Manual entry sounds so, well … manual
Manual Entry is the most widely used method of creating POP orders. Manual entry will respect the three package settings above, which is very helpful. For the backward scheduling to work properly with manual entry of orders, It assumes that you enter a POP order due date that will calculate a start date that is not in the past. It will make the calculation of start date based on POP order due date minus Planning Lead Time, taking into consideration a shop calendar (if in use) and Due Date -1 (if in use).
So, other than PULL items that will potentially create a POP order automatically if the item is not available, to go it manually, the best option seems to be the following:
- Run the reorder advice report to aggregate requirements.
- Using the shop calendar as a guide for available shop dates, create a single POP order for a due date that is outside the planning lead time for the item.
How will MRP help in scheduling with POP?
MRP will let you put most of the logic that you need to make scheduling and production planning decisions into the Macola system, and crank out scheduling recommendations for you to evaluate, saving a great deal of time. However, using POP, it is still going to use only one method for scheduling…Backward, Infinite. It ignores any capacity restrictions. If an item is due inside its planning lead time, at least MRP it will tell you that is “late”.
The real benefit of MRP from a scheduling perspective is the time phasing function. If you have multiple levels in the Bill of Material, and lower levels must be completed before the higher levels in the BOM can be started, MRP will automatically calculate the date offsets and progressively recommend start dates from the bottom up. If you have several levels in your BOM, this can be very difficult or impossible to do without a lot of effort.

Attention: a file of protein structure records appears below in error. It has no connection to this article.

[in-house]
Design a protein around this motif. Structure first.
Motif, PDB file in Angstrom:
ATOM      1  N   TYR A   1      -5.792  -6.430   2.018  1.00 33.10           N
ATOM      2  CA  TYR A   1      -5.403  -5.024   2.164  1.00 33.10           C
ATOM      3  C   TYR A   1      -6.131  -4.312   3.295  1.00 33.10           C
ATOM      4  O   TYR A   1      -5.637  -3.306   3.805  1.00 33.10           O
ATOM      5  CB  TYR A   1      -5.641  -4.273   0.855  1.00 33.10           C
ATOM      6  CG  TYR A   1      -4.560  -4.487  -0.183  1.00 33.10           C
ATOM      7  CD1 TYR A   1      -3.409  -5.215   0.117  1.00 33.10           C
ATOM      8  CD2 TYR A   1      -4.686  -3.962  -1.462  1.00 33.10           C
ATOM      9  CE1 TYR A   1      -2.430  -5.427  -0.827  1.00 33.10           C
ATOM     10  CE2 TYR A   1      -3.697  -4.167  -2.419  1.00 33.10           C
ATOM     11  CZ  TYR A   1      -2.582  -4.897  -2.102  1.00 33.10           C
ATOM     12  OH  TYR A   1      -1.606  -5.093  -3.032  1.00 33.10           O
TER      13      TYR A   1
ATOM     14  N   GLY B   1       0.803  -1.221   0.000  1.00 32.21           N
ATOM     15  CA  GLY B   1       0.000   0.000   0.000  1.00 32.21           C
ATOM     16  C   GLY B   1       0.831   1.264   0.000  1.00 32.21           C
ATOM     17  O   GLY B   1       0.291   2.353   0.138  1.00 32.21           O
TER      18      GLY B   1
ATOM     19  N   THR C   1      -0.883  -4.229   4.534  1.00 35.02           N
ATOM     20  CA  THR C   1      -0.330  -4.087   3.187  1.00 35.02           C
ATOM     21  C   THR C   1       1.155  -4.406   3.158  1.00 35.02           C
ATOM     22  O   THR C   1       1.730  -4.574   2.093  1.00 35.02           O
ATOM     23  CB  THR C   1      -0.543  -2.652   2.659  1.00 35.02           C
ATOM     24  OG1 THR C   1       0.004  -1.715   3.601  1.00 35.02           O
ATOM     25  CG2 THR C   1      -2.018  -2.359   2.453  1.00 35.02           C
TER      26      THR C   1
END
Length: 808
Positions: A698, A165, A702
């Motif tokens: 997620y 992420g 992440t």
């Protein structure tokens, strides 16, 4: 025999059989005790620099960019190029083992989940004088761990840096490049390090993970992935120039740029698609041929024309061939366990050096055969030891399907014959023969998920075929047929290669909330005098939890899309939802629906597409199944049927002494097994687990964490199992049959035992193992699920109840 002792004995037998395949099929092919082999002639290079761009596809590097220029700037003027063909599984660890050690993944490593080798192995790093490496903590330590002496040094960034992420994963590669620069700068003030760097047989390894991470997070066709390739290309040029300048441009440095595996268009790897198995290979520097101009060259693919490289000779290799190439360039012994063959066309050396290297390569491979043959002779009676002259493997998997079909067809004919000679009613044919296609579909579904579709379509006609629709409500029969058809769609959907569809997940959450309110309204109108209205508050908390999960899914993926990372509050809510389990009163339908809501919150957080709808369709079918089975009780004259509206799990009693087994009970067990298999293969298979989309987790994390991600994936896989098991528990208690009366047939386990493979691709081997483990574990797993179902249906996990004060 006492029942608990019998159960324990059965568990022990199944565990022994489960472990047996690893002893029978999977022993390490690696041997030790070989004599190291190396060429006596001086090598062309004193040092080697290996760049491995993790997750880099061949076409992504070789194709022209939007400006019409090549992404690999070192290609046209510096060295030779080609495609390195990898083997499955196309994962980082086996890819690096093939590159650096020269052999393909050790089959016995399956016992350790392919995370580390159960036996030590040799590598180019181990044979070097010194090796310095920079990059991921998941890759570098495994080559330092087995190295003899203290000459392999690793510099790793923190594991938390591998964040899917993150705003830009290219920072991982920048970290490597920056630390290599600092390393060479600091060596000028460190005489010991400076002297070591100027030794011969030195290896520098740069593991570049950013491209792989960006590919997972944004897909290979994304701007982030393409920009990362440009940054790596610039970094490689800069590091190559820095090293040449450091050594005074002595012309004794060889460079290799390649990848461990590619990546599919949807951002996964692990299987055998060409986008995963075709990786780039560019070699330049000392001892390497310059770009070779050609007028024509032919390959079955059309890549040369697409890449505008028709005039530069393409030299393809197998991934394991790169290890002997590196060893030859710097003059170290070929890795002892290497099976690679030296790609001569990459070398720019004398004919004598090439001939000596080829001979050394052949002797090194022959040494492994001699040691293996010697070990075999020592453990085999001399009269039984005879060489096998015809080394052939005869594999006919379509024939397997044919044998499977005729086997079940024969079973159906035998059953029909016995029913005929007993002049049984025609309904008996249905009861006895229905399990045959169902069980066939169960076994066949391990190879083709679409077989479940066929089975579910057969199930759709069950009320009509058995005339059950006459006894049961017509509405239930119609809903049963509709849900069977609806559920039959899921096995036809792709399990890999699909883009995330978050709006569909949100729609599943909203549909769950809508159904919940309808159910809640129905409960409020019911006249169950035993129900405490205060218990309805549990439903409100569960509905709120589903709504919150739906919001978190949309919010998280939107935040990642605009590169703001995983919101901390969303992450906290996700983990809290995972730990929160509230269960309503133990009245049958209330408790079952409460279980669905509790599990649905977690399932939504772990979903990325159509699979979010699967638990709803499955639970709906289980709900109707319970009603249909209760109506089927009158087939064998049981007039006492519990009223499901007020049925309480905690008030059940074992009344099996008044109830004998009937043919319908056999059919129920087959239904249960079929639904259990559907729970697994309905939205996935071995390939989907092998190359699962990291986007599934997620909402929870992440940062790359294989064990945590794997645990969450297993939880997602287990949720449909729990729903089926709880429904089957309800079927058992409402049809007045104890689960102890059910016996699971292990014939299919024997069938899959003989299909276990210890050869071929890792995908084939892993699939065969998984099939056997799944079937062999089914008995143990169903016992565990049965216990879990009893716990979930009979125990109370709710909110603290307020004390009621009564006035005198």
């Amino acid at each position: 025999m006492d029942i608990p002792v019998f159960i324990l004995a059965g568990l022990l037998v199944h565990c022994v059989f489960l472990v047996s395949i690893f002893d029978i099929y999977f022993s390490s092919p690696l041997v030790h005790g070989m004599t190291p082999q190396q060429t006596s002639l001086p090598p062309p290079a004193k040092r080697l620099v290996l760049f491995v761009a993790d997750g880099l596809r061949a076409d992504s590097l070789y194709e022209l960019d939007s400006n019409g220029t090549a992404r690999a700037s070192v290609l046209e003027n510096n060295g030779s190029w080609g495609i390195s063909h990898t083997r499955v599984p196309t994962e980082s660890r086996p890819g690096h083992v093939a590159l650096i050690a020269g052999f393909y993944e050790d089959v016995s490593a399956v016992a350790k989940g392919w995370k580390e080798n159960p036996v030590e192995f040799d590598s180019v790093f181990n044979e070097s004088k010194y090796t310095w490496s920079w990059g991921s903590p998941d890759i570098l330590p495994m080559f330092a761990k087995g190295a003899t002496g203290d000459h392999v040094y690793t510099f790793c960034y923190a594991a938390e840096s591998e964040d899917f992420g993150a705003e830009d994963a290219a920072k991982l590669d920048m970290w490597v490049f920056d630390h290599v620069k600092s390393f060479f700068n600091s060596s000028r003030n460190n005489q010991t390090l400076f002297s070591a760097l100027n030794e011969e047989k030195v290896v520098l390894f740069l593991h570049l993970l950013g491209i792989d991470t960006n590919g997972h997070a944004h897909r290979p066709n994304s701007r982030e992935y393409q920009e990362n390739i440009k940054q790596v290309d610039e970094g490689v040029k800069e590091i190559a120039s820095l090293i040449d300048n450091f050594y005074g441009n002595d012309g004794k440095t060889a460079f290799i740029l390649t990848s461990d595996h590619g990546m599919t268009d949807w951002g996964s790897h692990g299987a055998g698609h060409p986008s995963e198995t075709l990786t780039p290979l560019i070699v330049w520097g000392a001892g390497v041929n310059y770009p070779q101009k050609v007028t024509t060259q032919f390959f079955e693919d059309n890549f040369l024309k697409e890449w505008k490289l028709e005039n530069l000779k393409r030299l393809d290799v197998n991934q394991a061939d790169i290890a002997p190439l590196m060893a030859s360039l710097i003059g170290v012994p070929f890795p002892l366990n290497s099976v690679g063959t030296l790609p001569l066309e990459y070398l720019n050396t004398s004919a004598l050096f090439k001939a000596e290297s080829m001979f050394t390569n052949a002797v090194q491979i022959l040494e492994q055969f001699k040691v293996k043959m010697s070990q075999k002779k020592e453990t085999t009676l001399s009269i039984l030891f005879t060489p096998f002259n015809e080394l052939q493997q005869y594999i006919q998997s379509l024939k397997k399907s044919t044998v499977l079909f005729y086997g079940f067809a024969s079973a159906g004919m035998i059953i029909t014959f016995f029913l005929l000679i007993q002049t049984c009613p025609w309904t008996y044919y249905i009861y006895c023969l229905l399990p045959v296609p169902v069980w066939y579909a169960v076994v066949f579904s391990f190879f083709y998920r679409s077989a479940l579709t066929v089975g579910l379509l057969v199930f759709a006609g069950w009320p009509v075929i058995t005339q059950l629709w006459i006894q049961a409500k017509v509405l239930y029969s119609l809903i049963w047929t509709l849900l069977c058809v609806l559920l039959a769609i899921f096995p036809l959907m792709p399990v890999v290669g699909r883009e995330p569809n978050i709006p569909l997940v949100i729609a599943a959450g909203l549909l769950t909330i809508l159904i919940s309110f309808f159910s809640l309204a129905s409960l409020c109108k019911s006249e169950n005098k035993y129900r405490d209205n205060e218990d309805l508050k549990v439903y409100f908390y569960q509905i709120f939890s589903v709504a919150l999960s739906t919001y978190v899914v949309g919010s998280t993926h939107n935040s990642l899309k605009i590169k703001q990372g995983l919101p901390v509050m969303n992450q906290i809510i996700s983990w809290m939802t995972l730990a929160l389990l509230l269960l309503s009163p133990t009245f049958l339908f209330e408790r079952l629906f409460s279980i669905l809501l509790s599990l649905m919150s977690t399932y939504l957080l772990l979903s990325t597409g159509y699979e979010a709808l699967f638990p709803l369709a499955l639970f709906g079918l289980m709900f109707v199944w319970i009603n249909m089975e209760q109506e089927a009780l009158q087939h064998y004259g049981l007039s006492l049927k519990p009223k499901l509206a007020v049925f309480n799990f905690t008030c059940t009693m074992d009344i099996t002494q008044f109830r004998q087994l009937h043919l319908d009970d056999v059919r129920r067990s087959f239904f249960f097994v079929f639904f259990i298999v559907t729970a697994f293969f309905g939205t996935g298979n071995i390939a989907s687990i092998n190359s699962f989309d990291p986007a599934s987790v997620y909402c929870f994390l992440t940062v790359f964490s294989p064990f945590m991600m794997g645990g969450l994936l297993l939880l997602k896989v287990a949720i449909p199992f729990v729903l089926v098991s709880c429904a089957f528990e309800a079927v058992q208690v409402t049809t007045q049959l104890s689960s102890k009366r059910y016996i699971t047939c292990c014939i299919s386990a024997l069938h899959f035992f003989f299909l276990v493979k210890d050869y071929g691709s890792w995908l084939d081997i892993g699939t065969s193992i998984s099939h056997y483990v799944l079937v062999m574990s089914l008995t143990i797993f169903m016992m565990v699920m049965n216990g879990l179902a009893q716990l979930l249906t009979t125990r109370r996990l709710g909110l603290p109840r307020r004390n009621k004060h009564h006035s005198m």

The second scheduling benefit comes from the logic that MRP will use for how to aggregate items for scheduling production…should it create a unique POP order for each requirement, group them together in lots of “x” quantity, group them together to cover you for a month’s worth of requirement, etc. This logic is done at the item level, but requires that you set up each item to respect specific logic.
The third scheduling benefit is the inclusion of forecasted orders in the scheduling process. Entry of a sales forecast allows scheduling orders in anticipation of sales, rather than waiting on actual orders, or relying on reorder levels that you set based on sales history. MRP will consider all levels of the BOM for forecasted sales quantities.
Finally, one of the largest benefits of MRP for scheduling and planning is the automated creation of POP orders. You can modify the recommended dates and quantities before generating the orders, as well, which you may need to do from a capacity management perspective.
The downside of MRP is that it is very data intensive, requiring a lot of setup to function in a highly automated manner, but you can start with just a few items or groups of items, and expand the use of MRP over time.
In the next issue, we’ll explore how Shop Floor Scheduling works. Spoiler alert – Shop Floor adds capacity management to a very limited extent.
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Below is a video from Lynq on Planning Manager for Exact Macola.